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How To Use Shrimp For Catfish Bait (Tips and Techniques)

catfish on dock caught with shrimp

Since the beginning of time, every fisherman has claimed to have their favorite bait that they swear works every time. It’s their go-to bait. We all have them. For me, when it comes to catfishing, my go-to bait is either chicken livers or a home made stink bait that I’ve put together.

But what about using shrimp as catfish bait? Can you catch catfish with it? Yes…yes you can. And although shrimp is not my first choice of bait to use for catfishing, it’s definitely one I recommend trying.

Catfish are opportunistic eaters, meaning they’ll eat anything they come across as long as it looks or smells appealing. So those are the senses that you want to capitalize on when using shrimp for catching catfish.

Shrimp will catch catfish. Here’s how.

Read More: The Best Rod and Reel Combo For Catfish

How To Use Shrimp for Catfish Bait

When it comes to using shrimp as catfish bait, you really have three different options to choose from: stinky, not stinky and cured. I almost always, without exception choose cured or stinky shrimp bait.

Stinky Bait

It’s not difficult to make stinky bait for catfish. When it comes to making shrimp stinky, it can be as simple as placing fresh shrimp in a Zip-Loc bag and setting it out in the sun for a few days. Just make sure that you keep that bag of spoiled shrimp closed tightly. The smell can easily churn the toughest of stomachs.

Getting your hands on fresh shrimp is pretty easy too, and doesn’t even have to be expensive. Just ask your local seafood market if you can take their expired shrimp off their hands. If you let them know you plan on using it as fishing bait, there’s a good chance they’ll just hand it over to you for free.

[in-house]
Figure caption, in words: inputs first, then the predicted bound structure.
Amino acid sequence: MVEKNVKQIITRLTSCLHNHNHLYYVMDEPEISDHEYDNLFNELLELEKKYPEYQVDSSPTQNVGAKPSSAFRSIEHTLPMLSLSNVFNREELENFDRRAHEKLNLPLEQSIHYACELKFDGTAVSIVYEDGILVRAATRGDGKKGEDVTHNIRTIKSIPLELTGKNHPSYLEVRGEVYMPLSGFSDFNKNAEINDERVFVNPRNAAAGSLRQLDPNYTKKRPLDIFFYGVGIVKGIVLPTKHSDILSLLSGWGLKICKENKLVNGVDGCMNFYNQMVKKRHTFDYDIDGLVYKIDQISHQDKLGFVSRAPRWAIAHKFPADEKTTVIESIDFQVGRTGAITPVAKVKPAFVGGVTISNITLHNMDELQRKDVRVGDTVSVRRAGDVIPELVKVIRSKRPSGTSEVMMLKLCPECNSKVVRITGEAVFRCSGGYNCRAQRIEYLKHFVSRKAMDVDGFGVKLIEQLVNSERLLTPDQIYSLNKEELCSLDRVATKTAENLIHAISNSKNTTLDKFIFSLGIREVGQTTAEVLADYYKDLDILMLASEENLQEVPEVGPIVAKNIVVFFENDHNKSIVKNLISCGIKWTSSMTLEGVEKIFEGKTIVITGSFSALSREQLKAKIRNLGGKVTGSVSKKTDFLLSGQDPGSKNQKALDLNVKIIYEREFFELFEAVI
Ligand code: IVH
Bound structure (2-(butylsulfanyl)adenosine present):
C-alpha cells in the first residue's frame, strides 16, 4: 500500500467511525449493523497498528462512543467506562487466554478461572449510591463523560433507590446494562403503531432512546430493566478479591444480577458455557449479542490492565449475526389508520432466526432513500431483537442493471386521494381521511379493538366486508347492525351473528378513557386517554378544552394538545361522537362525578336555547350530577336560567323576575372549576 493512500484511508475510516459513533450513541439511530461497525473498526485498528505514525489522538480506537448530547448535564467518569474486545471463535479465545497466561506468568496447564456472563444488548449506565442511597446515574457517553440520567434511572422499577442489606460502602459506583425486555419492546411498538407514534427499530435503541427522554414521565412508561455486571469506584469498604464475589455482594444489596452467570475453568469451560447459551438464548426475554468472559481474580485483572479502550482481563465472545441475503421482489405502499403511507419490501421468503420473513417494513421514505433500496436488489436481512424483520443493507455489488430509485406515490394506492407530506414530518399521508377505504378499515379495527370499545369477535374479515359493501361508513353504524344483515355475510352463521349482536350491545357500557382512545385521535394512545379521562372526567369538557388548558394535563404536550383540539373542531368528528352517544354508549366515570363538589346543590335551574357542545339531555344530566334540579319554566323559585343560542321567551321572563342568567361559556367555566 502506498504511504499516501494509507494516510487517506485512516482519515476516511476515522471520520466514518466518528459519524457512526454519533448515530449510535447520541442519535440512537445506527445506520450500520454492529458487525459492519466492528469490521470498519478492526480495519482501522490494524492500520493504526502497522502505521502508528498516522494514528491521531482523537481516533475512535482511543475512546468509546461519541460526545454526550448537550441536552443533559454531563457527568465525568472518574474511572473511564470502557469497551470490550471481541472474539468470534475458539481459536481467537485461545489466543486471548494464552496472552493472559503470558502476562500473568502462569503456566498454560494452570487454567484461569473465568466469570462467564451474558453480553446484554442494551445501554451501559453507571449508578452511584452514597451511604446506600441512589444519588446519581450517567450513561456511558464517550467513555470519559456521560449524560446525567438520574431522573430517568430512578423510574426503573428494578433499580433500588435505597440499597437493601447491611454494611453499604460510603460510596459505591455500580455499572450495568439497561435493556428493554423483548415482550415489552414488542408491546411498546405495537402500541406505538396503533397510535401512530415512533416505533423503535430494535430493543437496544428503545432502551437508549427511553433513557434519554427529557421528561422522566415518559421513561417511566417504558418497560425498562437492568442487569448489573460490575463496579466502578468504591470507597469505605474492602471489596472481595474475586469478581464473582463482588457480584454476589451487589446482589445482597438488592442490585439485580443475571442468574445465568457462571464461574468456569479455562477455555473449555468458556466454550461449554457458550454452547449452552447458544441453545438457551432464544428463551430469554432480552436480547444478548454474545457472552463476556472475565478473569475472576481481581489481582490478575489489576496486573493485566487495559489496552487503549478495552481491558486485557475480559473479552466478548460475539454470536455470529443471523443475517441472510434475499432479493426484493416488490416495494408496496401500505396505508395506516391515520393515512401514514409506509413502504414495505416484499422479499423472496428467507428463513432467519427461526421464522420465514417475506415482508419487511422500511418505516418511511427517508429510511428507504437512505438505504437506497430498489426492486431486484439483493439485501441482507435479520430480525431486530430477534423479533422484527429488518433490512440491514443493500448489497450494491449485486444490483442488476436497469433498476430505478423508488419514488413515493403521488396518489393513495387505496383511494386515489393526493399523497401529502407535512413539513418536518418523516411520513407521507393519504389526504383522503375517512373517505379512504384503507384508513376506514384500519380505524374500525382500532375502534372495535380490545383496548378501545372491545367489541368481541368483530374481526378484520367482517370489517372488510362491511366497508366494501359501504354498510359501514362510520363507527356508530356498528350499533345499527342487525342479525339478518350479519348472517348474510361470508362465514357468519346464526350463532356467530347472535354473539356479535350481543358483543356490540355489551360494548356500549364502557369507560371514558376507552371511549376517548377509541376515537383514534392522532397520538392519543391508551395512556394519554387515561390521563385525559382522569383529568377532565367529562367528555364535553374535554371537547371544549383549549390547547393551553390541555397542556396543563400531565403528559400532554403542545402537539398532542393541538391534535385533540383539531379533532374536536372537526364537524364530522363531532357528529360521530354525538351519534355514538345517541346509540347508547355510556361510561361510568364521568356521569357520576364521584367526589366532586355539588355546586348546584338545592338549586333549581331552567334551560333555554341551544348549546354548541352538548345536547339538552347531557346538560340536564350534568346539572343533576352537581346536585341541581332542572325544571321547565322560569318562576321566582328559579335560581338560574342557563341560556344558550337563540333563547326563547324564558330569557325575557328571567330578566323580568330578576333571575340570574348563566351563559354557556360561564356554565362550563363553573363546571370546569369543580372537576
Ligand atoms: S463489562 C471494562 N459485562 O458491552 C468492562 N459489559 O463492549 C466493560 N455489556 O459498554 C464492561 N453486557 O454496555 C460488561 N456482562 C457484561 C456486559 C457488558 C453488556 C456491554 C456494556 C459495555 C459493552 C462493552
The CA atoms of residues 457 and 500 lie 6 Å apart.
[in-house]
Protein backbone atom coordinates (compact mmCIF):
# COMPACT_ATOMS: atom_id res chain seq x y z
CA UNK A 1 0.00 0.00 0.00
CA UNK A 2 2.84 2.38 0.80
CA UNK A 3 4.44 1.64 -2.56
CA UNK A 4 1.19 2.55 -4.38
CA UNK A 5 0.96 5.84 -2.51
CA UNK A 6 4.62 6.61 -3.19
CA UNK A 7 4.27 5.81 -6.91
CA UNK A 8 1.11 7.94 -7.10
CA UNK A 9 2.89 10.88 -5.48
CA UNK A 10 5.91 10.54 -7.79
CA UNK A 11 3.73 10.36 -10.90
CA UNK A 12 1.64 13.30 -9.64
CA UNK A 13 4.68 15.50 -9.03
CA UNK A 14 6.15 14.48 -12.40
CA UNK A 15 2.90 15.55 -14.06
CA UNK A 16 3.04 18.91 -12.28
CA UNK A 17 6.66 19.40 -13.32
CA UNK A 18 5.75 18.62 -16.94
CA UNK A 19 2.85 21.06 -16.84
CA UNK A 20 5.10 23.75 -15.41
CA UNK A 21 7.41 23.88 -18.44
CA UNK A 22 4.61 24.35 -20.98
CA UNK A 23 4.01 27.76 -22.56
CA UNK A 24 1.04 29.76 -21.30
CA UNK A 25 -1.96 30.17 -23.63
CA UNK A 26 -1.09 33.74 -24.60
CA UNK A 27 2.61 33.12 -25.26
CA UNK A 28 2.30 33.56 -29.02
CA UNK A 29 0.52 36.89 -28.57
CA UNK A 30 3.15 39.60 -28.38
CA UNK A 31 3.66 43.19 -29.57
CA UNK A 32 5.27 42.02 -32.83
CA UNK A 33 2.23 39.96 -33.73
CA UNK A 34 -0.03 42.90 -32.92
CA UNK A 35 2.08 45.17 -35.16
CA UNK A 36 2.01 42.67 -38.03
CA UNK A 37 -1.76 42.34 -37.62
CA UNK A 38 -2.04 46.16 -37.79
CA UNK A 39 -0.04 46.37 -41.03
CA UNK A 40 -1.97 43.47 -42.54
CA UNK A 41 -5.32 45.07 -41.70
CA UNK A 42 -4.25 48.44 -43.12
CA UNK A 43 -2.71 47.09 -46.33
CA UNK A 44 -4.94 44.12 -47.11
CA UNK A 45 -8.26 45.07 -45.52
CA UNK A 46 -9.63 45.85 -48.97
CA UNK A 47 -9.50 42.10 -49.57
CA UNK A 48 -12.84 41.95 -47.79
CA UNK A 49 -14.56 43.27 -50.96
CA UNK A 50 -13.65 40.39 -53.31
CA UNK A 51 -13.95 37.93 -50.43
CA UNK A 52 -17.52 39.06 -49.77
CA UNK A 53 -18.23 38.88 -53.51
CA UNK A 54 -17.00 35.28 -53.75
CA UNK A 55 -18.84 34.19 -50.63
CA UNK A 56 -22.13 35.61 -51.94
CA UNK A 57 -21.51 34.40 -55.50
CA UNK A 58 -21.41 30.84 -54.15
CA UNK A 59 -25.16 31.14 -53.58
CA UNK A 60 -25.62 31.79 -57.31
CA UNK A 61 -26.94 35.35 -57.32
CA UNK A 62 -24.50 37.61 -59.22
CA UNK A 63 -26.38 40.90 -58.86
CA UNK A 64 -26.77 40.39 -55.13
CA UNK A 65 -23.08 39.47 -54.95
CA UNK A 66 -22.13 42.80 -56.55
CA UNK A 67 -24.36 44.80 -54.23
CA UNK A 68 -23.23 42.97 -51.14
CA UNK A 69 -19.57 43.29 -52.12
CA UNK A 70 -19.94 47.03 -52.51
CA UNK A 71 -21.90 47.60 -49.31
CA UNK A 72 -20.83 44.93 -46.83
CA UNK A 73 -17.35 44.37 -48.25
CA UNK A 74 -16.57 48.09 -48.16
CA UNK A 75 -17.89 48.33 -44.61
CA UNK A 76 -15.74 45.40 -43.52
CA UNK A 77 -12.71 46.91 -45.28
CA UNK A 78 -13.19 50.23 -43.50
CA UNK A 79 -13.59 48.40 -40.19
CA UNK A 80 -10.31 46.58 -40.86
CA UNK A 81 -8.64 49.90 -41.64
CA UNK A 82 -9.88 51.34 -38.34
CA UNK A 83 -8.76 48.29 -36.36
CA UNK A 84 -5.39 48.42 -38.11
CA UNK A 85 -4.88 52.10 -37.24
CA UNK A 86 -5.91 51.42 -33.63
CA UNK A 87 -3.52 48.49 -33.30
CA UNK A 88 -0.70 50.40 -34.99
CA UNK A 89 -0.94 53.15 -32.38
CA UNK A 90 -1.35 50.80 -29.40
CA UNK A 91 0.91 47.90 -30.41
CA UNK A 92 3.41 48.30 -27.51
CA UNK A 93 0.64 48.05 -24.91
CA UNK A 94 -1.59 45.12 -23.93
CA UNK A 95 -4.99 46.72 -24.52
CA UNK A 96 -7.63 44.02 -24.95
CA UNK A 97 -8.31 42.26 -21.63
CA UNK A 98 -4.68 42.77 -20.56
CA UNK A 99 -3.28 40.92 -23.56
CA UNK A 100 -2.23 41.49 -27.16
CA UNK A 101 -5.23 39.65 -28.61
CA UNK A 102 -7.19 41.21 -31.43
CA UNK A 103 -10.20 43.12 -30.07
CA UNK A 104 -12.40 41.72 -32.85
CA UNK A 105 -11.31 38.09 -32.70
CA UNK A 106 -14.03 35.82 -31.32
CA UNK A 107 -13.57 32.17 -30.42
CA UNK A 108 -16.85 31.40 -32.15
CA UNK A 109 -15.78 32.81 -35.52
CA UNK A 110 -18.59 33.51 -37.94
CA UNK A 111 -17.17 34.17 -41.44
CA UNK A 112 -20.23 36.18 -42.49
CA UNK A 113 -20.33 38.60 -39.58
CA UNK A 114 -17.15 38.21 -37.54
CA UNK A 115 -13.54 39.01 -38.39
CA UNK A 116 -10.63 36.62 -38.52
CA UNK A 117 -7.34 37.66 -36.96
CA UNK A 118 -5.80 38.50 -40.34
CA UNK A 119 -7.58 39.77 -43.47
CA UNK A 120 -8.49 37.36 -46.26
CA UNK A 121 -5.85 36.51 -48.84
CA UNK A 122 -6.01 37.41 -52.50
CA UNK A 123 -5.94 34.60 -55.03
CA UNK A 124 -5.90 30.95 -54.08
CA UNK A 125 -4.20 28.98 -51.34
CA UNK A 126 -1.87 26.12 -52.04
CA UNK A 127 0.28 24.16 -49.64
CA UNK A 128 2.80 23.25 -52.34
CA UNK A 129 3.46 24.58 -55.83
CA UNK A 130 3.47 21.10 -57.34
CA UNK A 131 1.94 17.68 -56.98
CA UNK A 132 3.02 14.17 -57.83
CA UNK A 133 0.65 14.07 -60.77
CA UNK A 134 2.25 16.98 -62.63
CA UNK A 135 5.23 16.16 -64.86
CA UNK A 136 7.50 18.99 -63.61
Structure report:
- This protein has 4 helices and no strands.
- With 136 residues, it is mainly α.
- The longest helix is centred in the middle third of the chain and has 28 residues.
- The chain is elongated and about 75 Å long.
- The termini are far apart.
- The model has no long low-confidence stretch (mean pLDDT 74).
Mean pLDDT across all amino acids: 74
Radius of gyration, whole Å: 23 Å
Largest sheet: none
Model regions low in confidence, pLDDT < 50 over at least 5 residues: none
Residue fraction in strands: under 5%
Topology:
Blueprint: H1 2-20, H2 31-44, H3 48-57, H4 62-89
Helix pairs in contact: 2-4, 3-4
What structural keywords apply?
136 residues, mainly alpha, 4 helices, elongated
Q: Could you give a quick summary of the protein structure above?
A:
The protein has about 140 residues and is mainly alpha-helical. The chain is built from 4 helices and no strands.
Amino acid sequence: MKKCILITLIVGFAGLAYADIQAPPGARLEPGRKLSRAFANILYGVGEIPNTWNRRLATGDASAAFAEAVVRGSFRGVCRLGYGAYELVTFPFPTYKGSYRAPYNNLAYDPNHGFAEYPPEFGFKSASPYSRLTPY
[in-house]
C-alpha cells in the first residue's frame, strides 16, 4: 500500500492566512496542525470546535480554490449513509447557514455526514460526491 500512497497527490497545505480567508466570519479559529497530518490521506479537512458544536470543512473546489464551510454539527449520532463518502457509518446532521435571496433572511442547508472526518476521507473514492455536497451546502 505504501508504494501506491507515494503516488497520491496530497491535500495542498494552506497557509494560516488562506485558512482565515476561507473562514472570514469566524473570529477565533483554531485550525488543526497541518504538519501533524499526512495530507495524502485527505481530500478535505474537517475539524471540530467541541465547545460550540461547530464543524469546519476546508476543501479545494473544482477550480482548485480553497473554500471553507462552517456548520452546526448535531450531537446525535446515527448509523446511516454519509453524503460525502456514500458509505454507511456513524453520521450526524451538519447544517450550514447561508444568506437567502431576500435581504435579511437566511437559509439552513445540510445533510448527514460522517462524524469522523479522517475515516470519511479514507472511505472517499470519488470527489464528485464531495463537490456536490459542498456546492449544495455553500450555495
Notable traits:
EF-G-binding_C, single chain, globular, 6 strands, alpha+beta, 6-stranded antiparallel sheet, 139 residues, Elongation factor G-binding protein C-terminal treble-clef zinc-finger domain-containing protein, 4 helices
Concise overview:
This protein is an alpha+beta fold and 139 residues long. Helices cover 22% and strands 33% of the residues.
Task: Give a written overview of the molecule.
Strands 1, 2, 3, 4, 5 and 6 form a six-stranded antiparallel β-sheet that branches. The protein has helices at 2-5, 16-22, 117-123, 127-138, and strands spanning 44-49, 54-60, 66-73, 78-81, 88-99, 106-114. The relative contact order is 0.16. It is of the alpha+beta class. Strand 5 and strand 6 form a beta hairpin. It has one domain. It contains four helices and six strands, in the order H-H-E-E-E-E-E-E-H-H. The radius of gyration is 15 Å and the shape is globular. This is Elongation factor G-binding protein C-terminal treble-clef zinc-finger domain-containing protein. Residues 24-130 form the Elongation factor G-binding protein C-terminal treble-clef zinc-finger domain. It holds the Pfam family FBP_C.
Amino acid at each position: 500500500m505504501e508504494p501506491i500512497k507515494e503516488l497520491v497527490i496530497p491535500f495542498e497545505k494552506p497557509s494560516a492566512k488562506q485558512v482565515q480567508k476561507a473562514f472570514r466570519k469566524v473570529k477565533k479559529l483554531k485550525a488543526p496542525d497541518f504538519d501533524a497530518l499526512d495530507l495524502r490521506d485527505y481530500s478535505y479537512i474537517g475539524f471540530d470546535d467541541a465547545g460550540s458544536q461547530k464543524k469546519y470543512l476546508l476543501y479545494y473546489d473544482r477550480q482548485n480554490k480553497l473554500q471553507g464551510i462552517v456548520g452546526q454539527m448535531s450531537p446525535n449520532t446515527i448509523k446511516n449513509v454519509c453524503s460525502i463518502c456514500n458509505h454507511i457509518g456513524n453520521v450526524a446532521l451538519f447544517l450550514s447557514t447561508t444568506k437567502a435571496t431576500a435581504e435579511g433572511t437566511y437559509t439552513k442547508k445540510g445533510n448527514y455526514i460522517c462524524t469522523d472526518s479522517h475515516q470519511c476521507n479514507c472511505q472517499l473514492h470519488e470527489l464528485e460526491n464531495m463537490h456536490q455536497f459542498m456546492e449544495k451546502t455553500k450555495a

Cured Shrimp

But I like to take things one step farther. I’ll cure the shrimp along with a batch of livers. That way I have a variety of bait to use if one doesn’t seem to be doing the trick.

It’s really as simple as taking fresh bait and curing it right along with the livers in the same batch with salt and plenty of garlic. Then I’ll allow the shrimp and the livers to sit out in the sun for 5 hours on each side.

In the end what you have is a nice batch of stinky cured shrimp and livers ready to be used as catfish bait.

Not Stinky

Using fresh shrimp for catfish bait can work, but it shouldn’t be your first choice. Even though fresh shrimp does have a scent to them that attracts catfish, compared to the stinky or cured shrimp, it really just doesn’t do well.

If, however you do decide to use fresh shrimp while catfishing, try adding a nightcrawler, chunck of liver or small baitfish to the hook as well. This way when the catfish is attracted to the bait by the scent of the shrimp, it will recognize the other baits and be more apt to strike.

Does Shrimp Work As Catfish Bait?

In my experience of catching cats, I’ve found that shrimp does work and is an effective bait. Like I mentioned, catfish are opportunistic feeders, and as long as the bait is appealing, they will take it.

With that said, I’ve also learned that shrimp is an excellent bait for catching smaller catfish in the 2 to 5 pound range. If you’re fishing for monster cats, then shrimp is not the first bait I’d go to. Livers and nightcrawlers and baitfish are going to serve you better for the larger cats.

But if you’re fishing for eating size catfish, shrimp is an excellent bait.

How To Catch Catfish With Shrimp (VIDEO)

Written by Don

When I'm not bass fishing or looking for steelhead in my home state of Oregon I can be found working on house projects dreaming of my next fishing adventure.

I started this website to share just some of the things I've learned along my fishing journey, and the many things I'm still learning. Enjoy!

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